The Pacquiao effect: When great athletes fail us outside the ring


Last July 2, 2017, Manny Pacquiao faced Jeff Horn in a boxing match in Brisbane, Australia, and the whole world watched, as usual. It’s no secret that Pacquiao has made a name for himself in the boxing world and has become a source of pride for the Philippines. They say traffic and crime rate in the country drop exponentially during a Pacquiao fight, as everyone goes to find the nearest TV in order to watch the game. But his fast punches aren’t the only things he’s famous for.

There are three main topics about the #PacquiaoHorn fight being discussed over social media: a) the outrage over the Pacquiao’s loss to Horn, b) the back and forth arguments about separating Pacquiao’s boxing career from his political career, and c) the support and love that people were giving towards Pacquiao. While the rest of the world was mainly talking about the first, the discussions over social media were much more intense here in the Philippines — because we all know that Pacquiao isn’t just a boxer, he’s also a politician, and therein lies the problem.

Pacquiao continues to be a figure of controversy because of his actions as a politician. His support for the death penalty, and his homophobic comments (while claiming to be a devoted Christian), have become one of the sources of outrage towards the senator. Because of this, many people, especially those who are against his actions in the government, no longer care to support him as a boxer, claiming that they cannot stand by a man with such bigoted ideals. Others will claim that boxing and politics shouldn’t mix, and that whatever he does as a senator has no bearing on who he is as a boxer. And while they do have a point, I wouldn’t say they’re exactly right.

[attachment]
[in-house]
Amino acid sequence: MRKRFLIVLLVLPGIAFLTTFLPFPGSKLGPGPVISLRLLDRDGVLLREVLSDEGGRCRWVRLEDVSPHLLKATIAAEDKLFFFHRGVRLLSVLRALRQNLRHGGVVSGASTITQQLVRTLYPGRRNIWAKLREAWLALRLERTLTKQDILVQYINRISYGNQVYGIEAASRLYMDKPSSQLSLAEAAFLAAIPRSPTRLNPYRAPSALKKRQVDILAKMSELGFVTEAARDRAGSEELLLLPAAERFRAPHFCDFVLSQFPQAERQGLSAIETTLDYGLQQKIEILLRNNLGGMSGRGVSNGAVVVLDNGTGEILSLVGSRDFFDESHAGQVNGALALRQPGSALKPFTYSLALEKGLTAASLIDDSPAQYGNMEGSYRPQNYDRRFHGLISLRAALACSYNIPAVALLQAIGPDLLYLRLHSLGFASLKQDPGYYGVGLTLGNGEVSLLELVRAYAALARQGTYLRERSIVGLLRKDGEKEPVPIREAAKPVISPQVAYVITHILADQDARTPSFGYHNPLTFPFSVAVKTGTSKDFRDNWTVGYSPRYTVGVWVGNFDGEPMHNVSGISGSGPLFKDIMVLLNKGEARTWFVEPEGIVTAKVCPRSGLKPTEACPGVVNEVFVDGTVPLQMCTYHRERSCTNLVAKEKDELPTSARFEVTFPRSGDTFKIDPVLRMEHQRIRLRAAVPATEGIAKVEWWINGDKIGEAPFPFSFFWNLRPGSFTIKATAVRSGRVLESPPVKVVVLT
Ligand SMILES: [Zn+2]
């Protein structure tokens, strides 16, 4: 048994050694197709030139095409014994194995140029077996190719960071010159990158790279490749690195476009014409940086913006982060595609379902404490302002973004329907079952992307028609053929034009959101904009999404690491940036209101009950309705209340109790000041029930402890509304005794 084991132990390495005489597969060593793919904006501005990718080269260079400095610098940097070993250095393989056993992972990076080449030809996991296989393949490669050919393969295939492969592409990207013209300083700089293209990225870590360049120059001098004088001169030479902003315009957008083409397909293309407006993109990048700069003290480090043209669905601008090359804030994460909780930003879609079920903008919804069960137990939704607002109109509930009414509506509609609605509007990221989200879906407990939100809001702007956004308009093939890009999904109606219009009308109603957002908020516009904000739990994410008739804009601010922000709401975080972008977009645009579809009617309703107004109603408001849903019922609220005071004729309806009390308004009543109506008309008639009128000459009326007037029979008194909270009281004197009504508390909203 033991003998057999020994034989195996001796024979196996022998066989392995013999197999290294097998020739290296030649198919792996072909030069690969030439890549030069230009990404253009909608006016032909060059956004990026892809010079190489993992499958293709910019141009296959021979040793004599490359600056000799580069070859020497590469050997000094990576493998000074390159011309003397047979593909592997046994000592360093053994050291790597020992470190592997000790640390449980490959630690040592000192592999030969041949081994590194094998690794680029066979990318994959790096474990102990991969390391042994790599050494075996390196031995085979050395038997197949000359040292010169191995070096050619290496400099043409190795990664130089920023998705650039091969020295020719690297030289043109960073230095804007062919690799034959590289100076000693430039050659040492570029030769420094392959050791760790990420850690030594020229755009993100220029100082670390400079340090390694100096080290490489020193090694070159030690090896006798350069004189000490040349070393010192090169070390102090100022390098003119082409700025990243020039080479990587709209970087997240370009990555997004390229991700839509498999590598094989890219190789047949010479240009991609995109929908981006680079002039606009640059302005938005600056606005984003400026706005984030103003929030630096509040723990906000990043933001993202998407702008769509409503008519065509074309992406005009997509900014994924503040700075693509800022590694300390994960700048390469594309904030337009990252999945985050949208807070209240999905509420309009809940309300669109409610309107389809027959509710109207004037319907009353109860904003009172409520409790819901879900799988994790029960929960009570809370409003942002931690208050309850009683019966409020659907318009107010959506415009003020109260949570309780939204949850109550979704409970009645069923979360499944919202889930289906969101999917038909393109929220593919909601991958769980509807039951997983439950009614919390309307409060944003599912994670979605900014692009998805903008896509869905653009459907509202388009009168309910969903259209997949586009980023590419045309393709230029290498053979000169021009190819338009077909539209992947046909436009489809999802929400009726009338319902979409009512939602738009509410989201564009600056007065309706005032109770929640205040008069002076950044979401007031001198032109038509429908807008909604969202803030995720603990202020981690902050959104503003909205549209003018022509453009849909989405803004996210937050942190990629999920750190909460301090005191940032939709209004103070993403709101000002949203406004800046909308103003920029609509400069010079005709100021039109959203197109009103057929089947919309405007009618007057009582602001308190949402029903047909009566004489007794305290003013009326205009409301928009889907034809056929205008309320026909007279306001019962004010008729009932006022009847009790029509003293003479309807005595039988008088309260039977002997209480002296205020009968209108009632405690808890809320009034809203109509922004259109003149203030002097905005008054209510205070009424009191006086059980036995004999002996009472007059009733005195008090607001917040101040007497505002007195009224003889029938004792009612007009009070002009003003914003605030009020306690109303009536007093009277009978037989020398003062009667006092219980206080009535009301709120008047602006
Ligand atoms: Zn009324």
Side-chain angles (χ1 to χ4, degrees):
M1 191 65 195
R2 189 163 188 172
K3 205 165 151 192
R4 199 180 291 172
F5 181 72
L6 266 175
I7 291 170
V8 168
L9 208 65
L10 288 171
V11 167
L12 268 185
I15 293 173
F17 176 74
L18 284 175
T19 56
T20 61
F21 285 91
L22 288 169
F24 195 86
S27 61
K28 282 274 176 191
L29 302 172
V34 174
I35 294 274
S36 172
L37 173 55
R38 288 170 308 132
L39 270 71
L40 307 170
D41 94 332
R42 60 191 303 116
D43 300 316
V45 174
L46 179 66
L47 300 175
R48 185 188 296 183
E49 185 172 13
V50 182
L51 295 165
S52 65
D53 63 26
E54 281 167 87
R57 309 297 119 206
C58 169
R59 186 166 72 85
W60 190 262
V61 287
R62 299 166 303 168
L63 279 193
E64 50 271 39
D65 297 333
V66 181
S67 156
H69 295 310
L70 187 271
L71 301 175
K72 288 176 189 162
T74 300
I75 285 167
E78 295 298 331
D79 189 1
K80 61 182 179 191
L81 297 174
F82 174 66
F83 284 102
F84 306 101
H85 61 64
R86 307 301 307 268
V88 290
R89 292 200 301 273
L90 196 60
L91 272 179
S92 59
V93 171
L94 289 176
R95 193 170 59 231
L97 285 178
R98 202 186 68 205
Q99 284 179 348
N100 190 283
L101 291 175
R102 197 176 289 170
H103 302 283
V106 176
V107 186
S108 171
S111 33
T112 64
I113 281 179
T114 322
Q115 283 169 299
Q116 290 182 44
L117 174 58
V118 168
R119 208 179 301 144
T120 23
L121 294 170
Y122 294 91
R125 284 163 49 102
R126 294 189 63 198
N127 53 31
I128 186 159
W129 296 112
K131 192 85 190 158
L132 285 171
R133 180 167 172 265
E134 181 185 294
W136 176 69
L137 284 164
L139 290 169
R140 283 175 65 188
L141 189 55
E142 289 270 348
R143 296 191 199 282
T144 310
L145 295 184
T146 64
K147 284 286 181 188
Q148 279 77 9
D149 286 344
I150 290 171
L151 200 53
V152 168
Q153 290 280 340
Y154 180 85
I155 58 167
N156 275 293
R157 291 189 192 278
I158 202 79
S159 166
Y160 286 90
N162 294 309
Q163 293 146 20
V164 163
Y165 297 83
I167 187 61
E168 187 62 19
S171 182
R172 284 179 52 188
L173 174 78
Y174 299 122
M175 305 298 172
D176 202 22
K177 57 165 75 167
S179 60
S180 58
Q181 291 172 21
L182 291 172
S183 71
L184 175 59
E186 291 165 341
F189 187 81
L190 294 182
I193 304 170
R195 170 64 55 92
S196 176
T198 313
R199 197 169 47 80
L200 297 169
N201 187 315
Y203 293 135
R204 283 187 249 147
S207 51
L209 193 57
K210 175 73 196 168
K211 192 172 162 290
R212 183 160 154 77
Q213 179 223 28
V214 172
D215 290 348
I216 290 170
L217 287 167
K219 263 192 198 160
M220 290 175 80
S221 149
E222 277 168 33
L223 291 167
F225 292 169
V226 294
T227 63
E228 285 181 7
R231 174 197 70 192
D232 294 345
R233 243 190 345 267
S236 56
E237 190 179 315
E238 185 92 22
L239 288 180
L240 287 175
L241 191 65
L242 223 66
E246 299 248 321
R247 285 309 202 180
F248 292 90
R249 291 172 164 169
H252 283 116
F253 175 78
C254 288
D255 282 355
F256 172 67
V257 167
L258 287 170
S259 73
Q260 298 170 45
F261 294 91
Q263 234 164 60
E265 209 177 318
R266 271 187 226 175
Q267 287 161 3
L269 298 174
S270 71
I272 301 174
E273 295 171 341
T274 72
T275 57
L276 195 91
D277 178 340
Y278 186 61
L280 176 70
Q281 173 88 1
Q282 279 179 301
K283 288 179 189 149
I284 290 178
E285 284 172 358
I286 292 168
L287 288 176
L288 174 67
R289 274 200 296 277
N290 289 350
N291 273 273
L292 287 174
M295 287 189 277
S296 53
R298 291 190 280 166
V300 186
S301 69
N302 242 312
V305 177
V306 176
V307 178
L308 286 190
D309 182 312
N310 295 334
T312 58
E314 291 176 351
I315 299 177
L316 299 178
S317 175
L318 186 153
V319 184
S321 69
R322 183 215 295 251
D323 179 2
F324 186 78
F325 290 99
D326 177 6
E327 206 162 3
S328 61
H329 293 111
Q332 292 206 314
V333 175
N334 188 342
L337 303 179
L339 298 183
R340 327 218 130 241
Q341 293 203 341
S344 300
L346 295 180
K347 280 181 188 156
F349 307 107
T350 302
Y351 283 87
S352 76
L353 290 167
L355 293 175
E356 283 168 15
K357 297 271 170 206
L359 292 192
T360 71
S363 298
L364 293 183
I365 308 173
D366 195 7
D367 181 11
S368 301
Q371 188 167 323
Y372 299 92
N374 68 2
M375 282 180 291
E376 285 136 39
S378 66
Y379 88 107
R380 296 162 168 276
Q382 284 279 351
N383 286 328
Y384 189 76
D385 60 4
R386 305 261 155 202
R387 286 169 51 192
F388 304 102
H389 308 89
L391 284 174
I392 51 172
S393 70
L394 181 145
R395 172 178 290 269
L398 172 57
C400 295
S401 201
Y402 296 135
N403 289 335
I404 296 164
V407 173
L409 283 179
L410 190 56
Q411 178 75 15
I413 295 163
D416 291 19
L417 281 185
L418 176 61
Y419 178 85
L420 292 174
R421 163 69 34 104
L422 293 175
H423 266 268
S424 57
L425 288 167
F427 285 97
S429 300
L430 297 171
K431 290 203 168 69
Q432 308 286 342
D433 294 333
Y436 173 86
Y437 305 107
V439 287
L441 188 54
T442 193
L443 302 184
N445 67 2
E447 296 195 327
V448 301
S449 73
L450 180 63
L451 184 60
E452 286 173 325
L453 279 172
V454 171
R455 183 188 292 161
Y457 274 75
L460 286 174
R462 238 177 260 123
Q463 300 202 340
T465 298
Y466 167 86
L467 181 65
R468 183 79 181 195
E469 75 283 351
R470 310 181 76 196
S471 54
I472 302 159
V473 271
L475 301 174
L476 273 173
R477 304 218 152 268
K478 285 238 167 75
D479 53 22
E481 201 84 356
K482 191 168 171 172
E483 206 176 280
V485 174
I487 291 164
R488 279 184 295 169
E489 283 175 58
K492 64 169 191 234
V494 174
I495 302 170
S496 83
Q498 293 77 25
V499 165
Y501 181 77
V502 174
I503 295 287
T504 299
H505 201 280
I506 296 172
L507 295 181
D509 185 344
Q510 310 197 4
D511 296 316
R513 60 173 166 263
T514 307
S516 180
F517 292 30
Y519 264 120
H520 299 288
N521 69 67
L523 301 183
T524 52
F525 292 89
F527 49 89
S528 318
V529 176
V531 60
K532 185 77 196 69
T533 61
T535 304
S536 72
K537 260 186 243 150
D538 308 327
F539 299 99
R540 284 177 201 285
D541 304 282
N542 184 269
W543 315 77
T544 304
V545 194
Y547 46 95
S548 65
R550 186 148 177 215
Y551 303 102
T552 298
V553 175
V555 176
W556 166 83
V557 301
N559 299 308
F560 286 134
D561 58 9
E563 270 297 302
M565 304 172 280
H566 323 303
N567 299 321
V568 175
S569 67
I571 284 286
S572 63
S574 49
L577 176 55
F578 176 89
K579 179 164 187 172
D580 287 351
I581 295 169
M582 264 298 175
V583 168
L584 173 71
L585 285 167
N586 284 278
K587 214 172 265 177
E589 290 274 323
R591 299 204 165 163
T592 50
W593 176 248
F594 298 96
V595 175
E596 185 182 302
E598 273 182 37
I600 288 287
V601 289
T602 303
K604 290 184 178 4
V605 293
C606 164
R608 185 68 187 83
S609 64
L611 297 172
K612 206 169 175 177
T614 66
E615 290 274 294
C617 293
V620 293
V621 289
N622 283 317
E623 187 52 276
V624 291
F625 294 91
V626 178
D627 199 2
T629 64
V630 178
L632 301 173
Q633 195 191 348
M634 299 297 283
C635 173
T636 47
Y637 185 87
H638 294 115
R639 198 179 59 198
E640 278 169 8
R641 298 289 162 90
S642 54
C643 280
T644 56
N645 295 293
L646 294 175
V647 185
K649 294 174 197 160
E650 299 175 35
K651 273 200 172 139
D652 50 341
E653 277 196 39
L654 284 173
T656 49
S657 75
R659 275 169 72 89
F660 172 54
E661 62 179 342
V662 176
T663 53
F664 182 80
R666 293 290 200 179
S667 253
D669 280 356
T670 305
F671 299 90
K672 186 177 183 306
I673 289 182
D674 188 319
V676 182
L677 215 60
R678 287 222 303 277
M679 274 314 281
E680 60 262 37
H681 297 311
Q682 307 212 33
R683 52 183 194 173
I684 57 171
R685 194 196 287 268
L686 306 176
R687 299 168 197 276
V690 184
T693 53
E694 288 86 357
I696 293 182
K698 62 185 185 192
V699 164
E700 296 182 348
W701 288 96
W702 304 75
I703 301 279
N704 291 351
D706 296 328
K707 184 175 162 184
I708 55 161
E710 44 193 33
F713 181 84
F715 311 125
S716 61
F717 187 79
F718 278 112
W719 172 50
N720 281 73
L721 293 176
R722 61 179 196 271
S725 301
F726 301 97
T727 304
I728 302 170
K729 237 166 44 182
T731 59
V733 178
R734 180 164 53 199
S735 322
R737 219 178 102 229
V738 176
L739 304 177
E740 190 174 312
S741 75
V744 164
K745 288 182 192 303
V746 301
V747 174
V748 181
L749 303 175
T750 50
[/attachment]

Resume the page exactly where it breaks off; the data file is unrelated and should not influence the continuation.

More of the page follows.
If you asked people what makes a great boxer, or even a great athlete, some might say it’s in how hard they train, or how much effort they put into it, some might say that part of it is talent itself, and some would say that it’s really all in how you play the game. I would say it’s all of those, and more. If you’re a good boxer, but your ideals are skewed and oppressive, then you’re someone who fights well in the ring but doesn’t fight well where it matters.

Pacquiao is a fantastic boxer. He plays the sport really well. I would say he deserves respect for his talents and story an athlete. I would acknowledge his previous victories as signs of his capabilities. I would say that the outrages over his loss to Horn might be valid; that if he really was cheated of the title, then they would have done him wrong. But to say that it’s separate from his political life would not only be foolish, but also dangerously ignorant. Pacquiao doesn’t switch from “Pacquiao the boxer” to “Pacquiao the politician.” There is one person, who is both, and thus has all the responsibilities and consequences of those titles. His feats as a boxer might inspire a young and upcoming boxer, but his actions as a politician oppress other people. Both of these things exist, and that they exist in one person. Pacquiao goes everywhere with everything that he is — whether it’s into the ring, or into the Senate — just as he should. If only his greatness as a boxer could crossover to his politics. Then we would have a win, regardless of who gets the belt.

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